Nearly one day before John died, the big man asked him, if he could shake his hand. John looked confused. I want to shake your hand because, you are the bravest person I have ever met. The big man offered. “Why is that?” John asked with a weird quirky grin. He wasn’t understanding that reasoning and perhaps thought, the big man was making fun of his situation. “No.” Big man, assured him that was not the case. He earnestly was in awe of John’s ability to hold his emotions and from becoming too excited and grizzly. He knew that death was within an arms-length of grabbing and pulling him into the dark abyss. John gave the big man another strange grin, as they shook hands. For some odd reason, Big Man felt compelled to tell him he was “a hell of a man. and when his last moment on earth arrives, remember that many people love him, including myself.” Why did he say that? Big Man had no idea. Maybe it was just for comforting John or even himself. This much he did know, death is not a pleasant experience, for anyone. The next morning Big Man watched him fight for his last moments of life, on this earth. It was breakfast time the big man had already eaten in the cafeteria. John did not feel good and asked for breakfast on a tray. He was handed a spoon by a tech. “Eat John”, she said. He could not. “Well,” she said, “I’m not going to feed you”, and walked out. He looked at the big man and to him John looked like a lost child.

He had been given a phone number by John’s brother-in-law and sister, a few days earlier. The big man called, and they came quickly. He could tell however by the body signs, that John passed maybe four minutes, before they got there. Other relatives were coming, they needed to clean him up. The big man was a captive to these proceedings and turned to the large bay window beside the bed. It was early spring. Tulips and Iris flowers were showing signs of life. Grass was coming to life, beginning its spring growth and getting a small amount of color. Two adult, box turtles, could be seen out in the courtyard garden with three tiny turtles, that followed them. It was part of the “entertainment Package.” John had said jokingly, and he was sure they had paid for it, in one way or another. They had watched the Turtle family together and both had gotten a chuckle. It seemed the male was chasing the other. The Big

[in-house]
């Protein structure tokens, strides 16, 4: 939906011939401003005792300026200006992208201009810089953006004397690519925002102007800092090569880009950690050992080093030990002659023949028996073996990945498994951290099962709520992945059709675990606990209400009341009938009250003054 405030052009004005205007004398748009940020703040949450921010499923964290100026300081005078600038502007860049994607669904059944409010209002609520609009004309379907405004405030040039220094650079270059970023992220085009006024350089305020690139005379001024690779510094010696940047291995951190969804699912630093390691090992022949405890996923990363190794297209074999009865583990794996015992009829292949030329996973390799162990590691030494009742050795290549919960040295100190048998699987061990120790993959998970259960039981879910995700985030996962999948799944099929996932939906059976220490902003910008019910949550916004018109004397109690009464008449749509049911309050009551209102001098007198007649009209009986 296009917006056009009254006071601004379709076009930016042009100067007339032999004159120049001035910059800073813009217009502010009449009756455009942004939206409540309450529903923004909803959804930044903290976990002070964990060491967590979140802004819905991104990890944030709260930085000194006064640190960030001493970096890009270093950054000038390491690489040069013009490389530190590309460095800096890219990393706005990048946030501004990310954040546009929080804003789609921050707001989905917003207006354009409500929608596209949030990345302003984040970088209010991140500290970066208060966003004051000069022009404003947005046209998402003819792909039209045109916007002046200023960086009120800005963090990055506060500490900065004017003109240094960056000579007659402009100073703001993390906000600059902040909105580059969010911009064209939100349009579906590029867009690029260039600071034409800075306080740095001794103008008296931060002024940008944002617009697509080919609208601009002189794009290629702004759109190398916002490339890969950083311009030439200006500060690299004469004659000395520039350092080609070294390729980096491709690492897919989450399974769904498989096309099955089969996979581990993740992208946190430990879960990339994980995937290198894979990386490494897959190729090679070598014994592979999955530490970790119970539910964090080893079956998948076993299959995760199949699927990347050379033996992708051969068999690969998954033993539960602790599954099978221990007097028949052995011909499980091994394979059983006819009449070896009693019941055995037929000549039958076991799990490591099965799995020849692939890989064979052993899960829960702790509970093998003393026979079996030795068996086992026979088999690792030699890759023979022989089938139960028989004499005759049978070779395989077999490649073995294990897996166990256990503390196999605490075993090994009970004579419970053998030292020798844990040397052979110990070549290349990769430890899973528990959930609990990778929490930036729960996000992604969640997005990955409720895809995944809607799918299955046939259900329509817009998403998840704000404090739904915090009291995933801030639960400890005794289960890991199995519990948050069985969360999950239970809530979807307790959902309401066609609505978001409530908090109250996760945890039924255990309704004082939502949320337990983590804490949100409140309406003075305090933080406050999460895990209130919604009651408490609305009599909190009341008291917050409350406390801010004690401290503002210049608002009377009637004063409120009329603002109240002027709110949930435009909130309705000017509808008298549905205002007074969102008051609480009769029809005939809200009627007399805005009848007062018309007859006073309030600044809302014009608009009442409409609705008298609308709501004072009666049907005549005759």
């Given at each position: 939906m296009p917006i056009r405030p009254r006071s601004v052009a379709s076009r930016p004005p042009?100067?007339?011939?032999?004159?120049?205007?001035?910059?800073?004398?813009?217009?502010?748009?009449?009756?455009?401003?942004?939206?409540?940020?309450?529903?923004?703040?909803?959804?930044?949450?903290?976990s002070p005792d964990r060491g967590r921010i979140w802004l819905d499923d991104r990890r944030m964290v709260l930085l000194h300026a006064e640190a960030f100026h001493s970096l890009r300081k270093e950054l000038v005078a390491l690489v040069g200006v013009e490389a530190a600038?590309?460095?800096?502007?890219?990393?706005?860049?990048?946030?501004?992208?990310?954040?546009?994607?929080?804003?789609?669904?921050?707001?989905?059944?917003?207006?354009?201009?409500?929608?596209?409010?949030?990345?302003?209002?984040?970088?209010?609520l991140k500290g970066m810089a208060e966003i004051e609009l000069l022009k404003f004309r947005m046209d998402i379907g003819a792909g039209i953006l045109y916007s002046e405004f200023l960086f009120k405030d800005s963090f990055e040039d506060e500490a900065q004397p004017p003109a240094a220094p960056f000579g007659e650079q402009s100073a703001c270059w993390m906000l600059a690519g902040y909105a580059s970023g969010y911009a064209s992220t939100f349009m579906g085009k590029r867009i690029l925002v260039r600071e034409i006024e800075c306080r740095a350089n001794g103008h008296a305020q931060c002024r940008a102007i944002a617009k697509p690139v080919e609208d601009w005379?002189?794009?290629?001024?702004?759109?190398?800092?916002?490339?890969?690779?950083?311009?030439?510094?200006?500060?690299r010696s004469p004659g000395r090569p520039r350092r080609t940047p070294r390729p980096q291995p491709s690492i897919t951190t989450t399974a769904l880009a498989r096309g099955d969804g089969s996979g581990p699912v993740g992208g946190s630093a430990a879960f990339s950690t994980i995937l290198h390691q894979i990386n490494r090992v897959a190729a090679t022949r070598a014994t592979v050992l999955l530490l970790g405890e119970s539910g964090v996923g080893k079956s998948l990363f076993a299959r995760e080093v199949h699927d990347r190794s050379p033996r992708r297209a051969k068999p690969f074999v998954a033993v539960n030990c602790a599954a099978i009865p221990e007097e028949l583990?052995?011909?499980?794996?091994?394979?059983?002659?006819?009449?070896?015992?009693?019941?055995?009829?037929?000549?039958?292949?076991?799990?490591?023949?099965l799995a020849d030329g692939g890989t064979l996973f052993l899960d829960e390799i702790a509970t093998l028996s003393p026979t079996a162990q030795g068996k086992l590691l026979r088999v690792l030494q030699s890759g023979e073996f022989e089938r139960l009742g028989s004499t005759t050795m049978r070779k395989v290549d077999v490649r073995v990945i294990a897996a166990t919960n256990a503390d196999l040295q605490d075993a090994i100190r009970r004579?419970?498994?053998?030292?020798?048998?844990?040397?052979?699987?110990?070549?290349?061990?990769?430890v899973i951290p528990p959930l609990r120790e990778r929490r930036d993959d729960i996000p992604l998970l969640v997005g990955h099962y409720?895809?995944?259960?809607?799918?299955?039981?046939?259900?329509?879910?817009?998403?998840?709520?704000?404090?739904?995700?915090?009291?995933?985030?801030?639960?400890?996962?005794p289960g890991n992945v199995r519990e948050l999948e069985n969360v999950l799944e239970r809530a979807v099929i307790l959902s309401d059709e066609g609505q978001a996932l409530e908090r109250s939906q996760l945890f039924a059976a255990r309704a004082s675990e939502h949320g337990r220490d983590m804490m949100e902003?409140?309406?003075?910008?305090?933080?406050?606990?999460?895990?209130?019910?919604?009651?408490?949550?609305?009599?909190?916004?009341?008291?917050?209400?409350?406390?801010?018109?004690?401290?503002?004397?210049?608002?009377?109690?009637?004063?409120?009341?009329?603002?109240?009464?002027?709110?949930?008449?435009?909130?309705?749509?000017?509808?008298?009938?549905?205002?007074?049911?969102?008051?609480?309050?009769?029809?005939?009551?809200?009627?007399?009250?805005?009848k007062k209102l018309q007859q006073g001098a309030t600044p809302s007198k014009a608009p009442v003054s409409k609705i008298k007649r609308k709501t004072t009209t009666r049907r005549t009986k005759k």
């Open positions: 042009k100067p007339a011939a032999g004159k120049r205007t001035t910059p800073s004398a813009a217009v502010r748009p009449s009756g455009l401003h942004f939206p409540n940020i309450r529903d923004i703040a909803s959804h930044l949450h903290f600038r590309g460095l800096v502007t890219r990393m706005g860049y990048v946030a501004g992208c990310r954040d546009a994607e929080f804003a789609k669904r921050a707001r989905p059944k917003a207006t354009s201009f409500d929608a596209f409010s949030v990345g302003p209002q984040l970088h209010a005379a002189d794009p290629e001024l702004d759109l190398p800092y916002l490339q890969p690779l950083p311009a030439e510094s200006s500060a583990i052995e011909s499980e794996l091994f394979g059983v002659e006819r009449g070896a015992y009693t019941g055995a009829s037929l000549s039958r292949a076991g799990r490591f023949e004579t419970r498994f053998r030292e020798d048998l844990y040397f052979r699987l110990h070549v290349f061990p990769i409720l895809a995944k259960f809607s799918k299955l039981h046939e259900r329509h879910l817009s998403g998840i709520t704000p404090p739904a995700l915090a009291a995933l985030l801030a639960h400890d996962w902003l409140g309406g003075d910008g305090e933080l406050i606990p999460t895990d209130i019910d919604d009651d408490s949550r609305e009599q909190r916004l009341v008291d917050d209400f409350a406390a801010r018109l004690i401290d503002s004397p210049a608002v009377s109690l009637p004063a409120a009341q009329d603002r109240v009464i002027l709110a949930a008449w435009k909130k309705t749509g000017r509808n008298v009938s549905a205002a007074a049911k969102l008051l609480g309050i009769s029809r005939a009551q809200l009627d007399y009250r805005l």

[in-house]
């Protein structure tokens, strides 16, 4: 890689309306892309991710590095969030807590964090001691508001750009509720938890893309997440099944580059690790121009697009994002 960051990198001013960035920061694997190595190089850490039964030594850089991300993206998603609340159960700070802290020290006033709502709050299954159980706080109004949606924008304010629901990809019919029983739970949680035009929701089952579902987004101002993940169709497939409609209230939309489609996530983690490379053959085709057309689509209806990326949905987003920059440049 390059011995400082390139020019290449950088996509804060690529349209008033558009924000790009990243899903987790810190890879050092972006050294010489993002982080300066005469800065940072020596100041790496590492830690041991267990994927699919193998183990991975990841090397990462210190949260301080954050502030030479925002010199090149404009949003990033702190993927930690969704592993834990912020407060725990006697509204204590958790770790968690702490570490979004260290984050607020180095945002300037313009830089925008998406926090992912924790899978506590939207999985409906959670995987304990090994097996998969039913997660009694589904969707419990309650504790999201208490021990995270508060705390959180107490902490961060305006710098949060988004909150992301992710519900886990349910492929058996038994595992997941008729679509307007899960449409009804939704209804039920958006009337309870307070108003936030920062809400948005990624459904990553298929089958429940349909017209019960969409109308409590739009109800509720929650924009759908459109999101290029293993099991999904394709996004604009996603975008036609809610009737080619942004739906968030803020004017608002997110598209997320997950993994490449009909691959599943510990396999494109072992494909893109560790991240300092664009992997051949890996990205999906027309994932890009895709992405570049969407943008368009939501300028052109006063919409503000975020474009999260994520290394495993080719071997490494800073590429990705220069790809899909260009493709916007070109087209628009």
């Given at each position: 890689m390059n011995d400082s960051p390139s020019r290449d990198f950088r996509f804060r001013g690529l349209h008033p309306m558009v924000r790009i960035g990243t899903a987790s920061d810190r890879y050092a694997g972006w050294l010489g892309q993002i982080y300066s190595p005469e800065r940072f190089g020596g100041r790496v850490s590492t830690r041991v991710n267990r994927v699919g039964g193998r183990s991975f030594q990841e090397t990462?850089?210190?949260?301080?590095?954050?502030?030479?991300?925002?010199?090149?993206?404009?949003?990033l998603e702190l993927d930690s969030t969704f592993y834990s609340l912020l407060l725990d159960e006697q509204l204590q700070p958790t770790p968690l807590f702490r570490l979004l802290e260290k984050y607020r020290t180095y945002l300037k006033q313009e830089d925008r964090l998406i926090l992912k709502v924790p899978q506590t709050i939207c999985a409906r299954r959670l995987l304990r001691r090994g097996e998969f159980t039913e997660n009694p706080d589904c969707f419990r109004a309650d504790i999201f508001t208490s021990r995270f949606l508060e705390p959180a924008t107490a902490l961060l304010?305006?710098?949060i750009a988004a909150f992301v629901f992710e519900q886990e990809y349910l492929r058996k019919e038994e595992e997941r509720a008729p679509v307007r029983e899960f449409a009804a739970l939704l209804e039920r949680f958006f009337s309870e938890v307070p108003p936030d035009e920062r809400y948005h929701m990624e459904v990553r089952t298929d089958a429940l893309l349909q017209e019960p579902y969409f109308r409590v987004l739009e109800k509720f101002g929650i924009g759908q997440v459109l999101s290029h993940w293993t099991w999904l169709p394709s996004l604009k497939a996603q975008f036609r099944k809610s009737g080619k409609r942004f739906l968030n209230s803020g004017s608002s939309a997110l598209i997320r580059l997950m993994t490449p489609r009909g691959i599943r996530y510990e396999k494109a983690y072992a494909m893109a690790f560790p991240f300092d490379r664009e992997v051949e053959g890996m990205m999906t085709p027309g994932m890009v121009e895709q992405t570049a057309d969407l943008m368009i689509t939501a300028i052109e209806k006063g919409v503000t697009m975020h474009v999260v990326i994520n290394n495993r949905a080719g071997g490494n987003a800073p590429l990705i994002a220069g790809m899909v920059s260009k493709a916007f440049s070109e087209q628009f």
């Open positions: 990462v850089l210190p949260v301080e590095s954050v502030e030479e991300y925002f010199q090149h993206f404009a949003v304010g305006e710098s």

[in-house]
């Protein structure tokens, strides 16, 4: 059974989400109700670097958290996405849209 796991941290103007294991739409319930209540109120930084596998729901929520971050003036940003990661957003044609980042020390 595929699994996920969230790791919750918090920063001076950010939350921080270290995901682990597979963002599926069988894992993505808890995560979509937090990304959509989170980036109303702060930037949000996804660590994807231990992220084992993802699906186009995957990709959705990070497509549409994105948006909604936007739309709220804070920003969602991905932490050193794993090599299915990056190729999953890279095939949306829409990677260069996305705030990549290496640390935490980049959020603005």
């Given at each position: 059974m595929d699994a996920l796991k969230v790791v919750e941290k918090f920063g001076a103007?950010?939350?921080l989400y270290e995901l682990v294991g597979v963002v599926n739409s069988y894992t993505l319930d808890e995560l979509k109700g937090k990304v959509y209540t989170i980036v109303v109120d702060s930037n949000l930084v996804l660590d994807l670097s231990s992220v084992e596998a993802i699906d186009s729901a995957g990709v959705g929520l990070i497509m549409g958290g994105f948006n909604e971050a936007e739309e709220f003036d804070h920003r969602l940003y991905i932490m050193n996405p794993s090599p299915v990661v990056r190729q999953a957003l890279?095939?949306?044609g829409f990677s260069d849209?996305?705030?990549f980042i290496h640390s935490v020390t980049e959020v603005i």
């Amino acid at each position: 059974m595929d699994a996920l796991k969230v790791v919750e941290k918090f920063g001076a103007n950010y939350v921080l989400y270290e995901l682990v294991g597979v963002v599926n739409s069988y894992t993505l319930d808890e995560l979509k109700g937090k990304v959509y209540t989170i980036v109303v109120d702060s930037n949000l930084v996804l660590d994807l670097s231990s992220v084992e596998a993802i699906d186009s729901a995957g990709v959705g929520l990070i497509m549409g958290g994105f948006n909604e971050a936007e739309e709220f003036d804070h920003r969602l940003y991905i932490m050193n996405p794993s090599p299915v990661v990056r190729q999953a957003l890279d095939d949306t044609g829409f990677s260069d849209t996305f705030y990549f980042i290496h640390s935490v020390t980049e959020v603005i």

Man commented, “I guess she is the boss, since he follows her around. John had laughed, “He is trying to get laid.” A rowdy spell of laughter had cracked them both up. That was the last moment of laughter they would enjoy together. Resting, his head on his hands, with elbows on the marble window ledge. The big man softly whispered “John, I hope you are seeing this, he caught her.” The big man was moved to tears and cried silently behind his privacy curtain. More relatives came into the room. The big man waited behind the privacy curtain most of the day. Finally, late in the day the funeral home came to pick up his body. Several times the turtles came by the window. He watched them intently and thought of life. How it is a continuous repetitive cycle of birth and death. Every living thing dies. He contemplated his own life. It really was on the low end of enjoyable, at that moment. Maybe, he reasoned, he himself was the cause of all the problems in his life, and not the fault of others. Sure, situations should have been better, in his life. Big man’s thoughts were that we can enjoy our lives, by concentrating on the smaller happenings that might come our way, because life seems to give us plenty of daily misery. So, he chose to keep his personal demons locked in their own corner and enjoy of all the small daily pleasures. They will add up to life’s special memories. Like remembering a quick friendship, a large bay window and two turtles in a springtime courtyard. Enjoy your life, while it is good, because that “someday,” may never come. Even if it does, it won’t be the perfection you envisioned.

A short story

Two Turtles and a Dead Man


Randy Cobleigh